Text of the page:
U.S. Marshal William McDermott

William McDermott, Third State Senate of Montana, 1893
Courtesy of Montana Historical Society – Photographic Archives

William McDermott, 8th U.S. Marshal of the District of Montana

William McDermott was born in Milwaukee, Wisconsin on June 24, 1850 and was educated in Chicago. McDermott worked for his father, a civil engineer, and later as a bridge builder for the Northern Pacific Railroad between the Red River and Missouri River valleys. He was also in charge of re-building bridges in Chicago after the great fire of 1871. In 1874, he moved to Jefferson County, Montana to placer mine and worked as a millwright. In 1876, McDermott built the Centennial mill in Butte; two years later he built his own mill, the Clipper and was part owner of the Bell mine. Over the years he bought and sold several mining interests and properties at Meaderville, Butte and Spokane Falls, Washington. An active member of the Democrat Party, McDermott served fours years as a city alderman in Butte and was a state senator. March 6th, 1894, President Glover Cleveland appointed McDermott US Marshal for the District of Montana and served until February 1898. A month into his public service, Marshal McDermott was confronted with one of the most colorful episodes of Montana law enforcement - Coxey’s Army.

Marshal McDermott sent in a letter of resignation to the president on February 5th 1898 and returned to private business and as a staunch supporter of copper magnate William Andrews Clark, in his bid to be the U.S. Senator form Montana. The Montana Legislature of January 1899 had the duty of selecting the next US Senator for the state. Clark formed a private committee consisting of McDermott, Clark’s son, Charles, A.J. Davidson and Attorney John B. Wellcome. Clark and the committee were accused of bribing state senators with $139,000.00. Clark was not permitted to take his seat in the U.S. Senate due to the scandal.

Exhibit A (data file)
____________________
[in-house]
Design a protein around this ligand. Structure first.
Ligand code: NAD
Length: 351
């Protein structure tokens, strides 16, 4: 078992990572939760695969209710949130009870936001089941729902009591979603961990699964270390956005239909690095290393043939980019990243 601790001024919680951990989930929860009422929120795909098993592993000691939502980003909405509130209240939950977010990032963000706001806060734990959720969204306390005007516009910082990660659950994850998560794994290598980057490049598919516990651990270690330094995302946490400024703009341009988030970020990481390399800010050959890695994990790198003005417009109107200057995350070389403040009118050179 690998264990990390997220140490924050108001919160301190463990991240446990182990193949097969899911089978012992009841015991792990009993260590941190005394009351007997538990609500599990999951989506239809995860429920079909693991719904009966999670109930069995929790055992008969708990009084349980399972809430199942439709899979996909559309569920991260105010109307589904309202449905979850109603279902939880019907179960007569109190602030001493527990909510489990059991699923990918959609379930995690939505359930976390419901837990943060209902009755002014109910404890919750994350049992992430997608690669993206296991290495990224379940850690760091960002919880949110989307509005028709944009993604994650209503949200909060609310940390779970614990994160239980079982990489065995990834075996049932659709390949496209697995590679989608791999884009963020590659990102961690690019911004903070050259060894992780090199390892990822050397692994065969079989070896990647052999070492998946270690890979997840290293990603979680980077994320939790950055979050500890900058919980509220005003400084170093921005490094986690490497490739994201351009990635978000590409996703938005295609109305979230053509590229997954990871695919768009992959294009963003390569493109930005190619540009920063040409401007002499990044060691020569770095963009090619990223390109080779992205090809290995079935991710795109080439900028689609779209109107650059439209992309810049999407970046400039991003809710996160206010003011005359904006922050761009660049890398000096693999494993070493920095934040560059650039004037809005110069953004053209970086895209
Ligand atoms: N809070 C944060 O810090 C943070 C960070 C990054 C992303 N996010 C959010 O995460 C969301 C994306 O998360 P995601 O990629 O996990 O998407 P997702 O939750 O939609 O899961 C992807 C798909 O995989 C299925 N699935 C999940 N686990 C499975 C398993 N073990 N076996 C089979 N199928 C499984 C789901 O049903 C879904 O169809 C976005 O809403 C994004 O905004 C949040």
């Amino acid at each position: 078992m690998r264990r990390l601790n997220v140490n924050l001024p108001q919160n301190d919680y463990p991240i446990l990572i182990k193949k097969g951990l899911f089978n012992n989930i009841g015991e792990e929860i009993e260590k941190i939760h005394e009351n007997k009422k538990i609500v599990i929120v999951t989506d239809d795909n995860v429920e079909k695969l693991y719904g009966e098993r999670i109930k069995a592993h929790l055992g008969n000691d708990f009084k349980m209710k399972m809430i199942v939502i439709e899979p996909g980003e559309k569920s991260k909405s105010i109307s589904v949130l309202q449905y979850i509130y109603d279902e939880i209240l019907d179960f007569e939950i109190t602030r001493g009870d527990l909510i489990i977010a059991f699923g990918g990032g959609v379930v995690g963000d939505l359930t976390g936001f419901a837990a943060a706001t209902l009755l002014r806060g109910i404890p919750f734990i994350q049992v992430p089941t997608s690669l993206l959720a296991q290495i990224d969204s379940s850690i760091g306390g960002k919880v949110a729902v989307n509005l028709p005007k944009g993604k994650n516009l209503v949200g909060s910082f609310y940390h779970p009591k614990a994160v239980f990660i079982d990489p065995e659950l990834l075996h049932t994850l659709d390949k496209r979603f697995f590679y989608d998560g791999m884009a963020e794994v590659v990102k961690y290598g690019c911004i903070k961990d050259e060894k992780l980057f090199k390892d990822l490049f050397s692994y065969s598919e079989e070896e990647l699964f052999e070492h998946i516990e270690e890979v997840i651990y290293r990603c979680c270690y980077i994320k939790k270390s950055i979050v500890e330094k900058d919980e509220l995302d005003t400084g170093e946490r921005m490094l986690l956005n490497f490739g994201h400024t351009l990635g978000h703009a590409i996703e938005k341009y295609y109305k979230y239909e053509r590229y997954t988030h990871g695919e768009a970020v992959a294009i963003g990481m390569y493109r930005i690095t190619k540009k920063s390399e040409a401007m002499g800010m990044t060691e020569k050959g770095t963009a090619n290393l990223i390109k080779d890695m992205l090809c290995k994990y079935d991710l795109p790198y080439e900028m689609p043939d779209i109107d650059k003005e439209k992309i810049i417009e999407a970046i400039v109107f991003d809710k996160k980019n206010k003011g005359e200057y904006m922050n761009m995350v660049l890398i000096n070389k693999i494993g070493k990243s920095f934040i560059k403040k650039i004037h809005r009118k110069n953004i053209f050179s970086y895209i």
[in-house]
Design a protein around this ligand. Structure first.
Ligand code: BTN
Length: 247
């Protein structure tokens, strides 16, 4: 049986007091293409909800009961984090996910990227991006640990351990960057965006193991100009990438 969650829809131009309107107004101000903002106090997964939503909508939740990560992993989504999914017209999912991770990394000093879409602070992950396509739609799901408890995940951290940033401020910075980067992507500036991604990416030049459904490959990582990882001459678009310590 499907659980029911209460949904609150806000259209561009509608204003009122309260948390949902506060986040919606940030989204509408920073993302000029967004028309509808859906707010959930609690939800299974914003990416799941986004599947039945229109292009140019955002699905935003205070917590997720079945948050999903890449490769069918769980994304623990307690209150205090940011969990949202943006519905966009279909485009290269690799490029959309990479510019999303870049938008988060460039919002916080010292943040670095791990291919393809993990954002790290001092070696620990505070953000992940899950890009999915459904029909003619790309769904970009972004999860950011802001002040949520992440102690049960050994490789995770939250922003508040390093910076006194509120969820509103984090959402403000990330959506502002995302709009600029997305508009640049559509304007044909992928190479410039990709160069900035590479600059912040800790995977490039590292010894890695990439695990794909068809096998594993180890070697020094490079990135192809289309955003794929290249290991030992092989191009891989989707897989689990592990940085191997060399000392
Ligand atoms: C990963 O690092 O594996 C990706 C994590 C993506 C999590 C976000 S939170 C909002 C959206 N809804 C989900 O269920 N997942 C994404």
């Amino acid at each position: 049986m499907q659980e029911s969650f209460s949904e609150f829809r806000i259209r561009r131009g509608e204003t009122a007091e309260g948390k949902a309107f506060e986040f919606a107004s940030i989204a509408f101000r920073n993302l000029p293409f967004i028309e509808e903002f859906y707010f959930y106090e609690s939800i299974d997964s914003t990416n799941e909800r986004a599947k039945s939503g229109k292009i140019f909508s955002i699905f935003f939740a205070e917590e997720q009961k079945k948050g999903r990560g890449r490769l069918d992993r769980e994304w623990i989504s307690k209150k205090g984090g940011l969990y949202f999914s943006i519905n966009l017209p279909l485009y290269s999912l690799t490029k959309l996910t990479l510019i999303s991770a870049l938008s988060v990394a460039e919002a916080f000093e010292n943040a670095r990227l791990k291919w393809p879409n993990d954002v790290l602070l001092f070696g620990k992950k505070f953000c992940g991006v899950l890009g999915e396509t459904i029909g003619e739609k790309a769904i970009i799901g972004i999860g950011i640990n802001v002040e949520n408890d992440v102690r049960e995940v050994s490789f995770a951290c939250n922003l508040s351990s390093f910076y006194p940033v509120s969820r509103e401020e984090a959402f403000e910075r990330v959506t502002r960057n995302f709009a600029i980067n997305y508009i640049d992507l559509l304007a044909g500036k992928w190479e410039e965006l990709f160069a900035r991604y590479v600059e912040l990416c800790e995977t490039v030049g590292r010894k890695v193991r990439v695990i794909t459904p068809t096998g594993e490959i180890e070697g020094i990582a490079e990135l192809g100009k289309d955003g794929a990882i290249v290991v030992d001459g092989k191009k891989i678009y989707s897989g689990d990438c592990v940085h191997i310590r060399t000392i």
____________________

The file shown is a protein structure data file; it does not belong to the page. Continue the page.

In 1900, McDermott moved to Salt Lake City, Utah. For his loyalty; McDermott was hired to oversee the construction of W. A. Clark’s San Pedro, Los Angeles and Salt Lake Railroad and examine mining properties for Clark in Alaska, Nevada and Utah. Upon completion of the railroad; McDermott took on the operation of Clark’s United Verde copper mine at Jerome, Arizona until the spring of 1904. He then went on to become the superintendent/ general manager of the Twin Buttes Mining & Smelting Company and the Twin Buttes Railroad, near Tucson in 1907. After three years at that position, McDermott ventured out, on his own, developing real estate and mining properties in the Tucson area. During the year of 1913; he served a term as the President of the Tucson Chamber of Commerce.


Sources:
1) History of Montana, Joaquin Miller, 1894, pp. 204-205
2) Helena Daily Herald, 3/12/1894
3) Letters to the Attorney General of the United States, RG70, NARA
4) 1880 United States Census
5) Polk’s City Directory - Butte 1897
6) Polk’s City Directory – Butte 1900
7) The War of the Copper Kings, C.B. Glasscock, 1935, Chapters 12 – 13
8) Montana, The Magazine of Western History, winter 1987, p. 48, “W.A. Clark & the Las Vegas Connection”
9) Sandra Beagles, Tonto Basin, Arizona
10) Arizona, The Youngest State, James H. McClintock, 1916, vol. 3, p. 766 – 770
11) Tucson Metropolitan Chamber of Commerce